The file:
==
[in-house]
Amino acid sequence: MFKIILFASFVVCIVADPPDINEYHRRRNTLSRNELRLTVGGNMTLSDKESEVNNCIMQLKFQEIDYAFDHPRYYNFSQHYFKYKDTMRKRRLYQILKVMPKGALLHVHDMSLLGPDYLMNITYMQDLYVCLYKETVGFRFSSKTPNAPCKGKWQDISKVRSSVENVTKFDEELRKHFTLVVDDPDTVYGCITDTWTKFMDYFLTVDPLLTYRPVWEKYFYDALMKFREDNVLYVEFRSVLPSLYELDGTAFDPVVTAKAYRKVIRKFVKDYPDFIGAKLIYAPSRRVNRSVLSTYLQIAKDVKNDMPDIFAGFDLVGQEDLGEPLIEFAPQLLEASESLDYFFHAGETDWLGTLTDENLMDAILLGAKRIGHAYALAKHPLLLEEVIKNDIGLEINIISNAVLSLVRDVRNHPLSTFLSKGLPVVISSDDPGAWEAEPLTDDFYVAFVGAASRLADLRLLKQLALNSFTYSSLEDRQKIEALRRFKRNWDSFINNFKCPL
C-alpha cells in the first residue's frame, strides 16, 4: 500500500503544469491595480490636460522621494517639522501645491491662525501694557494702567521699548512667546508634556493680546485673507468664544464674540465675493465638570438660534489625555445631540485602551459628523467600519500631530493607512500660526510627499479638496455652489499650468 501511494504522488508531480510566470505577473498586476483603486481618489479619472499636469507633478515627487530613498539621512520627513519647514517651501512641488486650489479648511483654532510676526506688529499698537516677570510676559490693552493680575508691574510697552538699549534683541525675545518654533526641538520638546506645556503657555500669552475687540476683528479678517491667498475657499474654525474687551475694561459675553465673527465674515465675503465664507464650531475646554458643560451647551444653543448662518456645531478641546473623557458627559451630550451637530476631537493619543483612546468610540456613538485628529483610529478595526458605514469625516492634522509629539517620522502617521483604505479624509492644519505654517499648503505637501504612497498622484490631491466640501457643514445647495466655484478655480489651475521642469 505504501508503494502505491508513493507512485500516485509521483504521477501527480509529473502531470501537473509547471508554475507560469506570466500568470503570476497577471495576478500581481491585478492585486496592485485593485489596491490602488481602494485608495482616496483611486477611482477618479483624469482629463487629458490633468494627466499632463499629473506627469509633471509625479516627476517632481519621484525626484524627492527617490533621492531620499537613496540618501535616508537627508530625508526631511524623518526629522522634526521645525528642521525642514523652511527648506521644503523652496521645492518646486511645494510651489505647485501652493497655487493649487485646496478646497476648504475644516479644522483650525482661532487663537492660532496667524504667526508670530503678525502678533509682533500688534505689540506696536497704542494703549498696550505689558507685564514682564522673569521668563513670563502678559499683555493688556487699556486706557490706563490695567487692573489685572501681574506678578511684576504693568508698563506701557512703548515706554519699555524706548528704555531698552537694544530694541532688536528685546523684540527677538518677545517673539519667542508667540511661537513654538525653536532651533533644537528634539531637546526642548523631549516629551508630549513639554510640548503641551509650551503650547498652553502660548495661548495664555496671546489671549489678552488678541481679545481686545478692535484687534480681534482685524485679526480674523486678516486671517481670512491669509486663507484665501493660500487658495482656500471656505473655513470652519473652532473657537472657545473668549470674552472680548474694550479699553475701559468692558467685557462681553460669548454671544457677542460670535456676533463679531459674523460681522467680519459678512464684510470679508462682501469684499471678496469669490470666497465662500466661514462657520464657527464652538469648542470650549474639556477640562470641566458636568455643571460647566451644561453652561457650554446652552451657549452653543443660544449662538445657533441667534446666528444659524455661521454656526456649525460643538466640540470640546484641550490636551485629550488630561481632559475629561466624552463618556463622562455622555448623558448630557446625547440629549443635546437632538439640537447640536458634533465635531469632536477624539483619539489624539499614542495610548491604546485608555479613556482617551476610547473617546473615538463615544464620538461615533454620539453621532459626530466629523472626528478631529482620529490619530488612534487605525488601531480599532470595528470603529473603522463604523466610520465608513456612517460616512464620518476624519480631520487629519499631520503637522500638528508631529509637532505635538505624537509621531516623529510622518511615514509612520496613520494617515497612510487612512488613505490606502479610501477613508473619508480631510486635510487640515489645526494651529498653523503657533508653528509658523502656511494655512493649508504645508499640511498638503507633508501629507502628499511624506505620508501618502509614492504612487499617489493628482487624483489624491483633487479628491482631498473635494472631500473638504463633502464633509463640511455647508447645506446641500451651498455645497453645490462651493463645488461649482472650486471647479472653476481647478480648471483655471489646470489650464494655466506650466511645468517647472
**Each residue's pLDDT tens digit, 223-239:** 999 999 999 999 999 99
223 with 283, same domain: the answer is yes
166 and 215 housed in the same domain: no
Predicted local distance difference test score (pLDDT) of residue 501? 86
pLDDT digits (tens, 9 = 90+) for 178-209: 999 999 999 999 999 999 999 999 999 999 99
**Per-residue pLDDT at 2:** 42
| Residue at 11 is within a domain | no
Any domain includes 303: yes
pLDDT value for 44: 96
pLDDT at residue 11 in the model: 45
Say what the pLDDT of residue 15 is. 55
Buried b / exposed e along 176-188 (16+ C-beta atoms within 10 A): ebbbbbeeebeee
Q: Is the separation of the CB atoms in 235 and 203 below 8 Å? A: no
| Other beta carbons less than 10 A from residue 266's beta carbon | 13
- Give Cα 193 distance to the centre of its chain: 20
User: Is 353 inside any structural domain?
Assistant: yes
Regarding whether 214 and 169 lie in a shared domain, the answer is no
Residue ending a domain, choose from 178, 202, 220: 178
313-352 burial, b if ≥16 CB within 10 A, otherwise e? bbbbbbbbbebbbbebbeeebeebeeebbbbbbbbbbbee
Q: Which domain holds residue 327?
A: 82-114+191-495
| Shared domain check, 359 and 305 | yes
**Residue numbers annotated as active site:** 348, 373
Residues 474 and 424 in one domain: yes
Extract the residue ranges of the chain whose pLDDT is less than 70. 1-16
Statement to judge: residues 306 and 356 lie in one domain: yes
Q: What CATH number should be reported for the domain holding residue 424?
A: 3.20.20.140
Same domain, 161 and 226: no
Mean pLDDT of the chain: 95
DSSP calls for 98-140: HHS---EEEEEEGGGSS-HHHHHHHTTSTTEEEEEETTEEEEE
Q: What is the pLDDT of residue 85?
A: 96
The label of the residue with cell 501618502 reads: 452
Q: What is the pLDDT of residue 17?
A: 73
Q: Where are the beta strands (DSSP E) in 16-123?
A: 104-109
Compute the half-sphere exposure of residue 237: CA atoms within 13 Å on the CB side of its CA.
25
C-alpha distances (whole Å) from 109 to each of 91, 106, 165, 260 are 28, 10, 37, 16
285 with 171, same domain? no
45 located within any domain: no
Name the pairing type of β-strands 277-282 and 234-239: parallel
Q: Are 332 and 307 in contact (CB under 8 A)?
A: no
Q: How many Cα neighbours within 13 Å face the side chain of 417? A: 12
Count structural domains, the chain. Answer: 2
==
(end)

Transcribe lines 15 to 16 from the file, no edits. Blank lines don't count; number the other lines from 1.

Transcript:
Buried b / exposed e along 176-188 (16+ C-beta atoms within 10 A): ebbbbbeeebeee
Q: Is the separation of the CB atoms in 235 and 203 below 8 Å? A: no